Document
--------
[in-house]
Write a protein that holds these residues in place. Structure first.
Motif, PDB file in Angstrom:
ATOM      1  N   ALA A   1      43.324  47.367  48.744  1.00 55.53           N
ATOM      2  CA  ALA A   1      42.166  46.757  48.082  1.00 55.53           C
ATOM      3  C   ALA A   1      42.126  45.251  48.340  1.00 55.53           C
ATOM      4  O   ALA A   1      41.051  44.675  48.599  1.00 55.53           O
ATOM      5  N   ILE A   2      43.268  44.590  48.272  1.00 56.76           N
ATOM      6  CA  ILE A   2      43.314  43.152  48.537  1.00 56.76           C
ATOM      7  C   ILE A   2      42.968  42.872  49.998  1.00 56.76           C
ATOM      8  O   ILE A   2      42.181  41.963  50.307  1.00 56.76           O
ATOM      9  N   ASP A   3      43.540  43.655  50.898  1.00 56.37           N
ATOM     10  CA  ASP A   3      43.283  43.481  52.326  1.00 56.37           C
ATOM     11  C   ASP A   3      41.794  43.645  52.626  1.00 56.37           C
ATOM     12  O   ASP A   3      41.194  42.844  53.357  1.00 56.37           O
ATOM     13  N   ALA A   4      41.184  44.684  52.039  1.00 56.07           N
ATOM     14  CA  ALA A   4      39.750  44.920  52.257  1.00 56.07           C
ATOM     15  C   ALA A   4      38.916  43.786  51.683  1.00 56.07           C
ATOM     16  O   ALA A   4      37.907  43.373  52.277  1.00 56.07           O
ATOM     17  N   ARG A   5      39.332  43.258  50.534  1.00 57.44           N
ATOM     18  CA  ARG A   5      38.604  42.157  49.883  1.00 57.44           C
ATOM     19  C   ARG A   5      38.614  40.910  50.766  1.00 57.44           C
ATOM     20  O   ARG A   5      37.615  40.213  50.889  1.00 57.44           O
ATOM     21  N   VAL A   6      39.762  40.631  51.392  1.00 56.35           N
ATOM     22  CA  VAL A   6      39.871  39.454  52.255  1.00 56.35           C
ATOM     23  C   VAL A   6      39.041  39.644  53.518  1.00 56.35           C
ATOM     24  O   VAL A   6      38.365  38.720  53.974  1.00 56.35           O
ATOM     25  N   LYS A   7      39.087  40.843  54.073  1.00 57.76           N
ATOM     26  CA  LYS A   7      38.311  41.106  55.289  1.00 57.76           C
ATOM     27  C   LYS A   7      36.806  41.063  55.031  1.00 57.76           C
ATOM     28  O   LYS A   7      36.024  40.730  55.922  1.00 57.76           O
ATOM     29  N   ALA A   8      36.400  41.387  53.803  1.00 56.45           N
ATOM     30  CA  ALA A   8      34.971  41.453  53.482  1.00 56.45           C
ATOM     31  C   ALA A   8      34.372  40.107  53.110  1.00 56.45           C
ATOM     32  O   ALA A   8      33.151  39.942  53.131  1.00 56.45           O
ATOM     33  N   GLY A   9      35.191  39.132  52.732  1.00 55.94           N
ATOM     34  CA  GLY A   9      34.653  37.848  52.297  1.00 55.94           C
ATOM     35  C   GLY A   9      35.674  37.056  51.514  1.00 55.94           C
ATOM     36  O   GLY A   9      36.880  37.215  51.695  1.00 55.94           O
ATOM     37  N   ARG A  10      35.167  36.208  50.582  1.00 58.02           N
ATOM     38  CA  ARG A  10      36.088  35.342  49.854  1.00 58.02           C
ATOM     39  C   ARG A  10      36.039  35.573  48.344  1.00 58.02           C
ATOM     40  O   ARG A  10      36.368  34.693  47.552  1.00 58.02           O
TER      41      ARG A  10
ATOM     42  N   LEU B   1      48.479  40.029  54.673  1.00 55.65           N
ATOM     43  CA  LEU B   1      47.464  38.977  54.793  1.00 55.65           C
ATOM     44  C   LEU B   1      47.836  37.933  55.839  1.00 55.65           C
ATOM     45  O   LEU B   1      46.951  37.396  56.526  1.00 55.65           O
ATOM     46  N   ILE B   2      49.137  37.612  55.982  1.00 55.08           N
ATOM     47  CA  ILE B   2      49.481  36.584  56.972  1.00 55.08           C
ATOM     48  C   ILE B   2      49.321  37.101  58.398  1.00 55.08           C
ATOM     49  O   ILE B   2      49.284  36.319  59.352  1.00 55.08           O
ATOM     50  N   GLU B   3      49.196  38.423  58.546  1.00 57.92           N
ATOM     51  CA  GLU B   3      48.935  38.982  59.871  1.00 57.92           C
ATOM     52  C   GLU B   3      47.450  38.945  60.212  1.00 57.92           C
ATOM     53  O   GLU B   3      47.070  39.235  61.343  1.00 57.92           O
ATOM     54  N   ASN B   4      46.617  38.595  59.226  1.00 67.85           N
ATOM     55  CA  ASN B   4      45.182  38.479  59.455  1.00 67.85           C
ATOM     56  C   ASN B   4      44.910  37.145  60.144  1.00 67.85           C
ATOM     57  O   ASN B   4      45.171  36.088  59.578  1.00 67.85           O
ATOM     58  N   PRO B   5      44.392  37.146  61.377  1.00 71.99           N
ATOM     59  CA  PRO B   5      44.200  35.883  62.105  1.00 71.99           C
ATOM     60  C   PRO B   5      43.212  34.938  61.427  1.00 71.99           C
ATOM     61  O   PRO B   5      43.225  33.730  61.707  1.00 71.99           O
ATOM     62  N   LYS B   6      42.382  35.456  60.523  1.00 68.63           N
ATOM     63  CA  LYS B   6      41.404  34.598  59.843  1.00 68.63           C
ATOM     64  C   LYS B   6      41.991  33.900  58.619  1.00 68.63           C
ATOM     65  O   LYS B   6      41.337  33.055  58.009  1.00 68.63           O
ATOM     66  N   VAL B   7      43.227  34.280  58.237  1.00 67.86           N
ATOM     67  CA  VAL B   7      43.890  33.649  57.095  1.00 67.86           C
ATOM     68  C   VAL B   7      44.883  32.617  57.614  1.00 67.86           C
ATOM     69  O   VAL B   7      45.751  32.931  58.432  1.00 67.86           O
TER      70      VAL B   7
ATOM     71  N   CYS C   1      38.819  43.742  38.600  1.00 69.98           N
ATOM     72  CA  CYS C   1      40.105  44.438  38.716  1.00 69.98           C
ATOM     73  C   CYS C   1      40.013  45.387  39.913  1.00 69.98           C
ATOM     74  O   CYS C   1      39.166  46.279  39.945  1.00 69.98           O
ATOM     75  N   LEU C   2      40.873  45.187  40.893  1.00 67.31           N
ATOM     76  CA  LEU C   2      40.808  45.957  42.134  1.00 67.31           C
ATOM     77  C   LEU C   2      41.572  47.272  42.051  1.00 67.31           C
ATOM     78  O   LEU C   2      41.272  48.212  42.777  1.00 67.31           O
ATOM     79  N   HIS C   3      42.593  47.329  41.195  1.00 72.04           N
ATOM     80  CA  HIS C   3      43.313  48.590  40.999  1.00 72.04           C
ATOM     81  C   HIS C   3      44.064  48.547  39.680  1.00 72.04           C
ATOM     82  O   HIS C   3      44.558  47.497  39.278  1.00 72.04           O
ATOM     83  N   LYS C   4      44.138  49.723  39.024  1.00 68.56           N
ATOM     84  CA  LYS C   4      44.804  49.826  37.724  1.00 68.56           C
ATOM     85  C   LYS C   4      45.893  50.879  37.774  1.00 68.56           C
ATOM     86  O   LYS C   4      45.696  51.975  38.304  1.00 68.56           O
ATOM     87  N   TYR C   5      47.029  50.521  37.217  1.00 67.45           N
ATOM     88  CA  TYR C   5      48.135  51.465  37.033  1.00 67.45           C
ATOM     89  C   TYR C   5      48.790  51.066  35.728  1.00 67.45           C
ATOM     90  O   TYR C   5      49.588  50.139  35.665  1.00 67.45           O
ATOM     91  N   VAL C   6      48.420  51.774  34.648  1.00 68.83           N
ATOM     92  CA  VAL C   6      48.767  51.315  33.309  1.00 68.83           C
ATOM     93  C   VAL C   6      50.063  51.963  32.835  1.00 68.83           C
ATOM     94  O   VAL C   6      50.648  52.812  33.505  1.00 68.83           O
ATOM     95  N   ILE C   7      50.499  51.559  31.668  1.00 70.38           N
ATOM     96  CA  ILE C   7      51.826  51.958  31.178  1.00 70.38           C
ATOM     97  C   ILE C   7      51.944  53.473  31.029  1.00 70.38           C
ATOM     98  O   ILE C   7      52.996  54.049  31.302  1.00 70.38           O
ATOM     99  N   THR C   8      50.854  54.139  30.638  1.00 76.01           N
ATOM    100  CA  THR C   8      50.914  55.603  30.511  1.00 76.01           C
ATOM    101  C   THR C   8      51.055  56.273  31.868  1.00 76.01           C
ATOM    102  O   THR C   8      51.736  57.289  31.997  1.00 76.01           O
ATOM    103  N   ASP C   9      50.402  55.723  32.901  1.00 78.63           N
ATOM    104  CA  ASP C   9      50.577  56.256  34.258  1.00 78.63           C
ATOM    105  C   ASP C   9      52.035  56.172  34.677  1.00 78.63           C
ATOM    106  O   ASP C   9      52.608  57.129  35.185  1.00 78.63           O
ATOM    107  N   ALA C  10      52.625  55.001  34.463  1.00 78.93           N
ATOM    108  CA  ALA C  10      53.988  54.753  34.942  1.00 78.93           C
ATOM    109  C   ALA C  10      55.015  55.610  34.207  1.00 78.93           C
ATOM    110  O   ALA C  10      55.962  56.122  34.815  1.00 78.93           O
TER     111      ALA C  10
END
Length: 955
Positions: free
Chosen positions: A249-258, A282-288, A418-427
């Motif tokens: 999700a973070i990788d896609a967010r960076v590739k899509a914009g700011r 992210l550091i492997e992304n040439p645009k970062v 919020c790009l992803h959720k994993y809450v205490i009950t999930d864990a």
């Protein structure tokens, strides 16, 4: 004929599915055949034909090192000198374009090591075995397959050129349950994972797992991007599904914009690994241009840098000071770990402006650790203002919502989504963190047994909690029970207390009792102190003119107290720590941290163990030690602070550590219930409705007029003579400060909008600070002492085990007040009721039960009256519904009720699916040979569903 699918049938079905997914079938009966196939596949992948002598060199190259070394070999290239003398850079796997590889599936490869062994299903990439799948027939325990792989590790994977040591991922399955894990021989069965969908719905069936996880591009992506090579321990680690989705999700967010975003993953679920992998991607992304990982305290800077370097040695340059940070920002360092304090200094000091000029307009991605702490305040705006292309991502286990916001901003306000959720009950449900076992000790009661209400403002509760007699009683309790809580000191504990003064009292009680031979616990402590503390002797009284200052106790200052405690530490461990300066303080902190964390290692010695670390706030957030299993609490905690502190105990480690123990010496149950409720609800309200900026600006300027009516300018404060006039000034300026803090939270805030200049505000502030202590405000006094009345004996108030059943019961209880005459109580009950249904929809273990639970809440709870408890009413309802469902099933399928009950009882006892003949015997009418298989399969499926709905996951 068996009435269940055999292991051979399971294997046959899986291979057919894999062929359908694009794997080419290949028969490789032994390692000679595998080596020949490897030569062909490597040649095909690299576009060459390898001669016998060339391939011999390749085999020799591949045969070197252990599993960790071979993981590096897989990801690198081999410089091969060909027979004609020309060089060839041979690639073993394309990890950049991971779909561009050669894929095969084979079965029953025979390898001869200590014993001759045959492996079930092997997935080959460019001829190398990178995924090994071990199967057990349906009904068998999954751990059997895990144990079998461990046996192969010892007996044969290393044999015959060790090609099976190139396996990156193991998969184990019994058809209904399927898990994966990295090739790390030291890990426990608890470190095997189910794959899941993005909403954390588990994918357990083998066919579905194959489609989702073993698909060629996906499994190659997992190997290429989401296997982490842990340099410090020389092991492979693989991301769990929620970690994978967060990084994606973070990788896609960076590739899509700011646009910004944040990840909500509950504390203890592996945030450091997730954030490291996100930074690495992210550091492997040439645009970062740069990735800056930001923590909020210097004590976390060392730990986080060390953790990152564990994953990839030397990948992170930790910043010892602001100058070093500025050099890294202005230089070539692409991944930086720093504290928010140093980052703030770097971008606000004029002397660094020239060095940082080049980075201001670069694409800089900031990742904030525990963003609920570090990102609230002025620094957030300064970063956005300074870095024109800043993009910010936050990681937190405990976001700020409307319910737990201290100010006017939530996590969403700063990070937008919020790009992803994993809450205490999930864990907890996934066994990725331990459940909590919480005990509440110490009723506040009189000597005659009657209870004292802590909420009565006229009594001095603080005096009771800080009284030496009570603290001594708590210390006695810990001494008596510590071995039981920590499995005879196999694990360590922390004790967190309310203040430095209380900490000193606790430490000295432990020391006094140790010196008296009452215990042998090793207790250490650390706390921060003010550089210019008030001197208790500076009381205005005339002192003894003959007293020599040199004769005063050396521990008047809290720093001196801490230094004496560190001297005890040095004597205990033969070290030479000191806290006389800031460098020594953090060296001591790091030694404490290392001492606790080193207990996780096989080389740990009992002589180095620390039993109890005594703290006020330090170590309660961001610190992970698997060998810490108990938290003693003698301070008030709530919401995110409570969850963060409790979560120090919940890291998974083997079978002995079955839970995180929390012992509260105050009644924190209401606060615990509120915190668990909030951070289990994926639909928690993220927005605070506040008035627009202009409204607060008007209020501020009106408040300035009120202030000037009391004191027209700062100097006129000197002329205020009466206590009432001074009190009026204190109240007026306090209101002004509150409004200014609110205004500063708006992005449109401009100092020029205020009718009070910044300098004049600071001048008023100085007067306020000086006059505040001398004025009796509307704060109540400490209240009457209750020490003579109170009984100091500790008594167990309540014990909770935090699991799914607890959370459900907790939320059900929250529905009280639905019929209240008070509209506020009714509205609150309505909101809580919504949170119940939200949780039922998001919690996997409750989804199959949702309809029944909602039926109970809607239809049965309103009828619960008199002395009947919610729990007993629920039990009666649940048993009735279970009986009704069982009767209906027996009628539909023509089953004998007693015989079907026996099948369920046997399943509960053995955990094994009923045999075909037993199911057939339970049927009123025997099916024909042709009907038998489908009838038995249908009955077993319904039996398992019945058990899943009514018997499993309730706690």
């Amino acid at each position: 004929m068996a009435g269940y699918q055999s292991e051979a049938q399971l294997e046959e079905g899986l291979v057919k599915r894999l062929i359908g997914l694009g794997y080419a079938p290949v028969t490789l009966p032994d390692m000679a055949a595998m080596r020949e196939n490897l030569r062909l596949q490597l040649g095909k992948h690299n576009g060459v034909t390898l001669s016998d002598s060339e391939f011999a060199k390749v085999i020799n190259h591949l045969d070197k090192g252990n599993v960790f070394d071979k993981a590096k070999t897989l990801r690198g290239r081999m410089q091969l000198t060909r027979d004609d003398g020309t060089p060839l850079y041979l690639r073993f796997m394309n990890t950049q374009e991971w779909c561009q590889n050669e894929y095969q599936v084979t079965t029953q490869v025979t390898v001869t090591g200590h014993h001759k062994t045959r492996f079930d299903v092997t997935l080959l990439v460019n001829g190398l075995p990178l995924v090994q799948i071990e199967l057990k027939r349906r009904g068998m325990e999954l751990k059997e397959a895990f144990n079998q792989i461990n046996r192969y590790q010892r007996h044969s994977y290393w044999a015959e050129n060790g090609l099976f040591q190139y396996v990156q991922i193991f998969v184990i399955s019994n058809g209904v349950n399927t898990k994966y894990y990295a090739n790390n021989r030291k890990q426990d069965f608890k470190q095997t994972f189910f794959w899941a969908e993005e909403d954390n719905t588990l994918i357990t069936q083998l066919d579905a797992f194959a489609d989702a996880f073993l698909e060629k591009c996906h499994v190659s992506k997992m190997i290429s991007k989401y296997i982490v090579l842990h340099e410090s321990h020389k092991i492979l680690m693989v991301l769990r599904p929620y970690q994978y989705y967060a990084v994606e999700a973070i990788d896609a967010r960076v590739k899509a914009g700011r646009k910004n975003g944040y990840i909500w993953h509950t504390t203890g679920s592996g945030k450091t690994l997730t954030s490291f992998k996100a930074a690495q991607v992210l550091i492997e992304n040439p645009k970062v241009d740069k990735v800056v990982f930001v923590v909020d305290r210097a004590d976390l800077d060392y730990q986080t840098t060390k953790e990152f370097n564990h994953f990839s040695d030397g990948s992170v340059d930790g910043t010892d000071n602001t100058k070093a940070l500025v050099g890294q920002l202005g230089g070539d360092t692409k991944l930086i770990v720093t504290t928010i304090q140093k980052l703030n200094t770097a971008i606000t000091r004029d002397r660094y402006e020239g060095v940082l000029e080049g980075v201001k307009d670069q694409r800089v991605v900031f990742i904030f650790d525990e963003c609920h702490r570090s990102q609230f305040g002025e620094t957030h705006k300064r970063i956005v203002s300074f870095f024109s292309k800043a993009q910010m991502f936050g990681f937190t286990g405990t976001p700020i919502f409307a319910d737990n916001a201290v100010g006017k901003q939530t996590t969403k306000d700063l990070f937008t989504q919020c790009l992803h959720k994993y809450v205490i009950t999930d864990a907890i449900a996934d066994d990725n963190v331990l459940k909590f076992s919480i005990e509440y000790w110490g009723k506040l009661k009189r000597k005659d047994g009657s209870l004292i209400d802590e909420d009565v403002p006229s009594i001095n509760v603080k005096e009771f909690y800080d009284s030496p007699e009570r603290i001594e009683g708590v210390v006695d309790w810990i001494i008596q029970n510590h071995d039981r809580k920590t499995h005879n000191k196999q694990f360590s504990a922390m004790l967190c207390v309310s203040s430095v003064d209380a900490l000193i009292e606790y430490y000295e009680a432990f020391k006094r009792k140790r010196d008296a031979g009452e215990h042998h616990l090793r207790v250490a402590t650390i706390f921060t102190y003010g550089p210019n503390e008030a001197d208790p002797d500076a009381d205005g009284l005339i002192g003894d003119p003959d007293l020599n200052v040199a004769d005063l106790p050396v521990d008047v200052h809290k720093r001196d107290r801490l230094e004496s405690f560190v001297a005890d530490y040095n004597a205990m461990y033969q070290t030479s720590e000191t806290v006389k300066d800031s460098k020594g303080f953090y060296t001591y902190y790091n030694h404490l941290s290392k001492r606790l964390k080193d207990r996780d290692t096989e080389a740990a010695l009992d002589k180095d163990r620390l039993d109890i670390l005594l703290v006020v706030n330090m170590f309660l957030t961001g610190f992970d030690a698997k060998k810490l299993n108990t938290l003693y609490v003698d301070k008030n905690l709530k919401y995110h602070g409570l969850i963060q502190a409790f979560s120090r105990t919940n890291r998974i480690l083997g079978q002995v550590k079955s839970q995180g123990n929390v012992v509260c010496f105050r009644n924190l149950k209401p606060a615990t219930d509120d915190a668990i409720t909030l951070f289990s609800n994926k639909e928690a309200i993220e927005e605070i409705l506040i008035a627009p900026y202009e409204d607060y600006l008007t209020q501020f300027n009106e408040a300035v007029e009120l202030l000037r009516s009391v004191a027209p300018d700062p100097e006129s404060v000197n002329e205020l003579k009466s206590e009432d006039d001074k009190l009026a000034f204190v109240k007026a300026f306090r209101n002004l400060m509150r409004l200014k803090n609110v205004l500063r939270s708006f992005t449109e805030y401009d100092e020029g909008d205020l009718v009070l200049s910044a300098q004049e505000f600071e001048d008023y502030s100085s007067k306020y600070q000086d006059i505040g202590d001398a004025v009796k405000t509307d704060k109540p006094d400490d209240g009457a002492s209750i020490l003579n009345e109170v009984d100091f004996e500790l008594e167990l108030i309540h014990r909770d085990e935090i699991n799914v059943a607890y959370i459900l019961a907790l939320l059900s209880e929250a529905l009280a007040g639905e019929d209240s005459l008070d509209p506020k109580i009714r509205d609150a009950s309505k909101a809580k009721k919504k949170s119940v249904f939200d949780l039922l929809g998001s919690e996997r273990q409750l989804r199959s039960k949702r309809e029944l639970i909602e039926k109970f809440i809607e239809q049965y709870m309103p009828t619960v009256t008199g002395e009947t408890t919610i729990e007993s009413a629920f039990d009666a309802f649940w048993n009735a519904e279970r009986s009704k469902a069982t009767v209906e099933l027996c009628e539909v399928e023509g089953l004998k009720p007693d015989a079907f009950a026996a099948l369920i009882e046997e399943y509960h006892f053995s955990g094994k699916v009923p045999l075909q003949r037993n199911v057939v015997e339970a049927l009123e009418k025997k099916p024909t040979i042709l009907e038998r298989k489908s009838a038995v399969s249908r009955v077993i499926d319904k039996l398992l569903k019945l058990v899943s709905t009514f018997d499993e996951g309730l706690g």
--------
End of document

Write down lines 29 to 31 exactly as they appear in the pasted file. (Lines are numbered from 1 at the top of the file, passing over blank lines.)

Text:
ATOM     26  CA  LYS A   7      38.311  41.106  55.289  1.00 57.76           C
ATOM     27  C   LYS A   7      36.806  41.063  55.031  1.00 57.76           C
ATOM     28  O   LYS A   7      36.024  40.730  55.922  1.00 57.76           O